July breaks previous record to become hottest month ever

Copernicus says typical temperature was almost a full degree higher than the 1991-2020 average for July

Trees burn as a wildfire spreads through Gennadi in Rhodes, south-eastern Greece, in July. AP
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July was the hottest month on record, at 16.95°C on average, a third of a degree more than the previous high set in summer 2019, the European Union's climate observatory Copernicus said on Tuesday.

The typical temperature was almost a full degree higher than the 1991-2020 average for July, in a month marked by wildfires and land and marine heatwaves all over the world.

Scientists previously said the record was expected.

"Heatwaves were experienced in multiple regions of the Northern Hemisphere, including southern Europe. Well-above average temperatures occurred over several South American countries and around much of Antarctica," Copernicus said.

"The month was 0.72°C warmer than the 1991-2020 average,” it said.

Beyond official records, Copernicus said proxy data for the climate going back further – such as from tree rings or ice cores – suggests the temperatures last month could be "unprecedented in our history in the last few thousand years", or possibly even longer "on the order of 100,000 years", said Carlo Buontempo, director of Copernicus.

Akshay Deoras, a research scientist at the National Centre for Atmospheric Science and the Department of Meteorology, University of Reading, told The National two factors fuelled the record breaking temperatures.

"There are two things going on. The first thing is the development of El Nino in the Pacific Ocean, which started in the month of May," he said.

"In addition to that we are seeing the clear impact of global warming. It’s not just the atmosphere or the air temperature going up. We are having problems with the sea surface temperature.

"When the sea surface temperature goes up, that impacts the atmosphere, because the atmosphere and ocean are talking to each other. So when that goes up … that changes atmospheric circulation patterns and then that influences global weather."

The presence of El Nino means hotter-than-average weather is expected from now until next summer, he said.

"What is equally likely is the odds of this happening very frequently," he added. "So that is going to go up, which means 2025 may not be that hot. But in subsequent years the chance of what we witnessed in July is going to go up."

About 1.2°C of global warming since the late 1800s, driven by the burning of fossil fuels, has made heatwaves hotter, longer and more frequent, while storms and floods have intensified.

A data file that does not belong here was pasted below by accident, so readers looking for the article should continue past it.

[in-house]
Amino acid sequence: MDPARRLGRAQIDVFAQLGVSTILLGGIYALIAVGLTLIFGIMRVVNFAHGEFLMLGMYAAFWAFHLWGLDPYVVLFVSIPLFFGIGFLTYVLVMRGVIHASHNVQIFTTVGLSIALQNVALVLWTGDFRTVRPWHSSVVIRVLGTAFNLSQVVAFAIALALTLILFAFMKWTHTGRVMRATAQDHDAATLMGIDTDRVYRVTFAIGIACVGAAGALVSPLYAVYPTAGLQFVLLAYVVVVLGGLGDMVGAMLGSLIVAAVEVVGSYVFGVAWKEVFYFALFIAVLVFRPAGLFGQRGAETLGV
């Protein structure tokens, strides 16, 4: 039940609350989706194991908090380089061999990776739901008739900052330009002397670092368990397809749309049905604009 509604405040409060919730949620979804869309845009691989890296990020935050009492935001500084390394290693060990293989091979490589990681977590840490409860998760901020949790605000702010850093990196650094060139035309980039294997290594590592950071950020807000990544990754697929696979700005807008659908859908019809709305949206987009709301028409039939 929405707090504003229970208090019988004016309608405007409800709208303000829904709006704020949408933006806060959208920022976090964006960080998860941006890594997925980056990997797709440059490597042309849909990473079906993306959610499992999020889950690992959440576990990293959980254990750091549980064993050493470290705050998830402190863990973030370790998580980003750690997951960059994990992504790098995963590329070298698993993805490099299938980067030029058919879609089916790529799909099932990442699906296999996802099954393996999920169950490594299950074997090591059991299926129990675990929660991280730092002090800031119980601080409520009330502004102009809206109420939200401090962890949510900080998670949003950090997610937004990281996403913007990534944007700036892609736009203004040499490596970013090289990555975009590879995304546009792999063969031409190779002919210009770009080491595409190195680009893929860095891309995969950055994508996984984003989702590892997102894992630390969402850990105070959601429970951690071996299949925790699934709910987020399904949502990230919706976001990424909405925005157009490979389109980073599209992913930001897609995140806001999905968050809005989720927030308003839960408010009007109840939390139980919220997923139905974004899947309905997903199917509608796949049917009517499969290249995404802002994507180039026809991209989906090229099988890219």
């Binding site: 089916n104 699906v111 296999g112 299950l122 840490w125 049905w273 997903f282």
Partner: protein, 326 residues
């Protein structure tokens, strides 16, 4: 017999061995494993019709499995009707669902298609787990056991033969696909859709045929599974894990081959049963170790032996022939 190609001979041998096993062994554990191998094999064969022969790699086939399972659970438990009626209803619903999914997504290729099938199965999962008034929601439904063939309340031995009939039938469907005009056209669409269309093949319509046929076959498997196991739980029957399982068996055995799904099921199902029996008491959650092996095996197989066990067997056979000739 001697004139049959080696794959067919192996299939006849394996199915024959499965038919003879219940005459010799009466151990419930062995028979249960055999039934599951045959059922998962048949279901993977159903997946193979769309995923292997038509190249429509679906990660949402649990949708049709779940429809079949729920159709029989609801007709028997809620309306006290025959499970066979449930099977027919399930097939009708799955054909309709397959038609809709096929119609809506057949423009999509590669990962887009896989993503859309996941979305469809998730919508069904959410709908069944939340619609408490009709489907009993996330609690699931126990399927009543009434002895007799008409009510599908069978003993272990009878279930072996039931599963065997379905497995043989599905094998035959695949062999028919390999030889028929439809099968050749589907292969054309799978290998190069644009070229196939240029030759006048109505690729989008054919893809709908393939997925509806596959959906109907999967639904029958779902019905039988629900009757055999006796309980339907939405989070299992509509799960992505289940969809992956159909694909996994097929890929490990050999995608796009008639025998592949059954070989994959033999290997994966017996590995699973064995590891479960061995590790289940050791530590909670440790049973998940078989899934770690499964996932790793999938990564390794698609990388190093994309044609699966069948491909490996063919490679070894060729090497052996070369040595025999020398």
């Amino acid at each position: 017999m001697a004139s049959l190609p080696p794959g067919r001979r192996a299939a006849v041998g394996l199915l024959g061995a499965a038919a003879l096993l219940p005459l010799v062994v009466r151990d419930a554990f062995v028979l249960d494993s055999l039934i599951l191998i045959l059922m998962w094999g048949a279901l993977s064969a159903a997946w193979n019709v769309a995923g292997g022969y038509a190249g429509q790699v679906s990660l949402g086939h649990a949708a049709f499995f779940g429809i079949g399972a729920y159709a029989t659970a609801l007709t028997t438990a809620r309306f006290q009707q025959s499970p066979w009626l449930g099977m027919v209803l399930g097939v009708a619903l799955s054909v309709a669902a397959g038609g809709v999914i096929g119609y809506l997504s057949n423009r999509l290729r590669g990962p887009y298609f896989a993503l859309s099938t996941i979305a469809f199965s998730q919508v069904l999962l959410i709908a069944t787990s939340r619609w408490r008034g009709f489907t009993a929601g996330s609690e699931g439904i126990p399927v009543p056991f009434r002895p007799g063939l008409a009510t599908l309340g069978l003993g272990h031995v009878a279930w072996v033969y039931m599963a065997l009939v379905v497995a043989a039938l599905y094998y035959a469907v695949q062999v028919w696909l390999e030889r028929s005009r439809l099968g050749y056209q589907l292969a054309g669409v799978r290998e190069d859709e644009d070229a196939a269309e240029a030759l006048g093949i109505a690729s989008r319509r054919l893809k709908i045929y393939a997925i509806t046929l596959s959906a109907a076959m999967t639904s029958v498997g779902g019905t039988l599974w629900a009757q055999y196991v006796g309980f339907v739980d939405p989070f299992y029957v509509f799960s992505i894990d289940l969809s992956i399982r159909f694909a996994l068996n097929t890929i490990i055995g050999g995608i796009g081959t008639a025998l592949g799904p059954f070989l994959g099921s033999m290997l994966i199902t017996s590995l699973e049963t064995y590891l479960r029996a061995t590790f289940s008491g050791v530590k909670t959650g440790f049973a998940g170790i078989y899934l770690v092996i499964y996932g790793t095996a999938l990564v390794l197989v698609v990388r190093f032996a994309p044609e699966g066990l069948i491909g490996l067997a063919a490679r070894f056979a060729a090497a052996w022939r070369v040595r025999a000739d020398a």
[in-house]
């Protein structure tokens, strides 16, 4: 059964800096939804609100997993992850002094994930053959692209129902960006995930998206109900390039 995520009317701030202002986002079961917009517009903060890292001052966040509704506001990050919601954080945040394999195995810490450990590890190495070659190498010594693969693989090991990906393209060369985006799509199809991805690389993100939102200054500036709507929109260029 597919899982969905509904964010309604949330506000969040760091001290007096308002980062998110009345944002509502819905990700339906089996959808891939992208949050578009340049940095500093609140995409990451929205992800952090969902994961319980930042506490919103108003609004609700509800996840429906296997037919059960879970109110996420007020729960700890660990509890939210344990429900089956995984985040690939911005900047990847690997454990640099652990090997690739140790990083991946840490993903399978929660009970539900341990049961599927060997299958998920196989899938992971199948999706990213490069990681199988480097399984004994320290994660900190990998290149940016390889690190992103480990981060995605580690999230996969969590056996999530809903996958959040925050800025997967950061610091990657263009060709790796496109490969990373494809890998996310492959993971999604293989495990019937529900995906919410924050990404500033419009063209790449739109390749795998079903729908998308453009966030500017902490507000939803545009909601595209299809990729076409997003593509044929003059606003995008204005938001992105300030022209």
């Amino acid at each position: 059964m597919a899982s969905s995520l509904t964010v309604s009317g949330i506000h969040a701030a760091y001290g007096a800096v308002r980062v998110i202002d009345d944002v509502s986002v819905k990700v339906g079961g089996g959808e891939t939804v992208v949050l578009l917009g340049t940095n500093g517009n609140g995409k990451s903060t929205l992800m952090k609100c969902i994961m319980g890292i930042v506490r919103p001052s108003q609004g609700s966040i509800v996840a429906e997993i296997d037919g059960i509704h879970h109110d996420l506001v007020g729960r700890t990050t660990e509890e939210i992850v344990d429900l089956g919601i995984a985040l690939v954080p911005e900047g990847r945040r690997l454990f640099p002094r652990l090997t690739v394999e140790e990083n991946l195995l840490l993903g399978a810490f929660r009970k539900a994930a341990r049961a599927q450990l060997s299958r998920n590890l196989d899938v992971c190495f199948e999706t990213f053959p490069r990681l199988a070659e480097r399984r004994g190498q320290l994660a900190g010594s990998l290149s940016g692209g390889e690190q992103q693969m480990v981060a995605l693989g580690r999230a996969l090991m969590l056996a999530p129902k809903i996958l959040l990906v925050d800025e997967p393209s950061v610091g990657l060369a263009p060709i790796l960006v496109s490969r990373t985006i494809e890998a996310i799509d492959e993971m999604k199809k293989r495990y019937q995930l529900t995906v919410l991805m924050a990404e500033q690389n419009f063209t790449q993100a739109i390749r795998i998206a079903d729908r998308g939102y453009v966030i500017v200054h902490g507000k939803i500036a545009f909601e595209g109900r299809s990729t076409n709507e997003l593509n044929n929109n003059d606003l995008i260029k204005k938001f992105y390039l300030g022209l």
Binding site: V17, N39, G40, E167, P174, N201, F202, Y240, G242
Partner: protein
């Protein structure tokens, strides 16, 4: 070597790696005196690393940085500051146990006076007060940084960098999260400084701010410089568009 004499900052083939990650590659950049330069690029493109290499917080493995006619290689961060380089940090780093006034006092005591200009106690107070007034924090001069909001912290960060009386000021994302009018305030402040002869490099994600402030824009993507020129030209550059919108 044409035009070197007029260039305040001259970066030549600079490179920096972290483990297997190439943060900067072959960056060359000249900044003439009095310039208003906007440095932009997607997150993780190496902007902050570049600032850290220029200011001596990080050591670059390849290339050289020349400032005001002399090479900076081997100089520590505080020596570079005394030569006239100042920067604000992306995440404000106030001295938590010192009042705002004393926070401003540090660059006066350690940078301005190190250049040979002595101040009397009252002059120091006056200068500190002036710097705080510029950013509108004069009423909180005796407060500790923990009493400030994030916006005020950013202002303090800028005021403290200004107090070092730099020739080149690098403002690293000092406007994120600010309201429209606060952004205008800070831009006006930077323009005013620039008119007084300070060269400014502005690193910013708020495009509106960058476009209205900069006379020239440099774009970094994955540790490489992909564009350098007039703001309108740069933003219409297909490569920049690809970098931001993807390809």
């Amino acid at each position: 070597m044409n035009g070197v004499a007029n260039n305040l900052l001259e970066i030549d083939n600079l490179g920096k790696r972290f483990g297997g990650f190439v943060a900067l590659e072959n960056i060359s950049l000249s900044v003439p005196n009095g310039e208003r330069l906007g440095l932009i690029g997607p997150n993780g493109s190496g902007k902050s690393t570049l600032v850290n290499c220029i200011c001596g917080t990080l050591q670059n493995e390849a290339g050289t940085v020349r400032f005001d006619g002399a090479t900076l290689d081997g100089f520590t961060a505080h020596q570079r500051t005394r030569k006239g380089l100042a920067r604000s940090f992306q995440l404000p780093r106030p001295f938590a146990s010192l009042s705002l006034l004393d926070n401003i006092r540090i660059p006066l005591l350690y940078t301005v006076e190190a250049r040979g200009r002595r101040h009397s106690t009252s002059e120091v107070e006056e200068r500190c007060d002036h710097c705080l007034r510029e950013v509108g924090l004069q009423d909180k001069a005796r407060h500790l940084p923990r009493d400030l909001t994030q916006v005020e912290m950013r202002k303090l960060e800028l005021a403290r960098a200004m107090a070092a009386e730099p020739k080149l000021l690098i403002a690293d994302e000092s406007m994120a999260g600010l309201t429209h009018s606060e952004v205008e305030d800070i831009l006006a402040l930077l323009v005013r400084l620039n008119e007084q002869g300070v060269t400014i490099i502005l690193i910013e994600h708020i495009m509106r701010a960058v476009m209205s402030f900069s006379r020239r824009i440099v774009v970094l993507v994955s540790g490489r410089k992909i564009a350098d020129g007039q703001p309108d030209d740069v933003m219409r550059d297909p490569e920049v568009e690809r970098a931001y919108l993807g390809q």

"The global mean for 2023 is the third highest on record, at 0.43°C relative to 1991-2020, compared with 0.49°C for 2016 and 0.48°C for 2020,” said Copernicus.

“The gap between 2023 and 2016 is expected to narrow in the coming months, as the latter months of 2016 were relatively cool ... while the remainder of 2023 is expected to be relatively warm as the current El Nino event develops."

The world's oceans also smashed records, raising concerns about knock-on effects on the planet's climate, marine life and coastal communities.

The temperature of the oceans' surface rose to 20.96°C on July 30, Copernicus data showed.

The previous record was 20.95°C in March 2016, the climate observatory said.

Wildfires on the Greek island of Rhodes - in satellite pictures

The samples tested excluded polar regions.

"We just witnessed global air temperatures and global ocean surface temperatures set new all-time records in July. These records have dire consequences for both people and the planet exposed to ever more frequent and intense extreme events," said Samantha Burgess, deputy director of the Copernicus Climate Change Service.

"2023 is currently the third warmest year to date at 0.43°C above the recent average, with the average global temperature in July at 1.5°C above pre-industrial levels.

The era of global boiling has arrived
Antonio Guterres, UN Secretary General

"Even if this is only temporary, it shows the urgency for ambitious efforts to reduce global greenhouse gas emissions, which are the main driver behind these records."

Forest fires have ravaged parts of Greece and burnt 12 million hectares in Canada, while southern Europe, parts of North Africa, southern United States and pockets of China have been reeling under a punishing heatwave.

Torrential rains that pummelled China's capital Beijing in recent days were the heaviest since records began 140 years ago.

Mr Buontempo earlier said the temperatures in July had been "remarkable".

UN Secretary General Antonio Guterres recently put out an SOS call.

"Climate change is here. It is terrifying. And it is just the beginning," he said, calling for immediate and bold action to cut planet-heating emissions.

"The era of global warming has ended; the era of global boiling has arrived."

Updated: August 09, 2023, 8:09 AM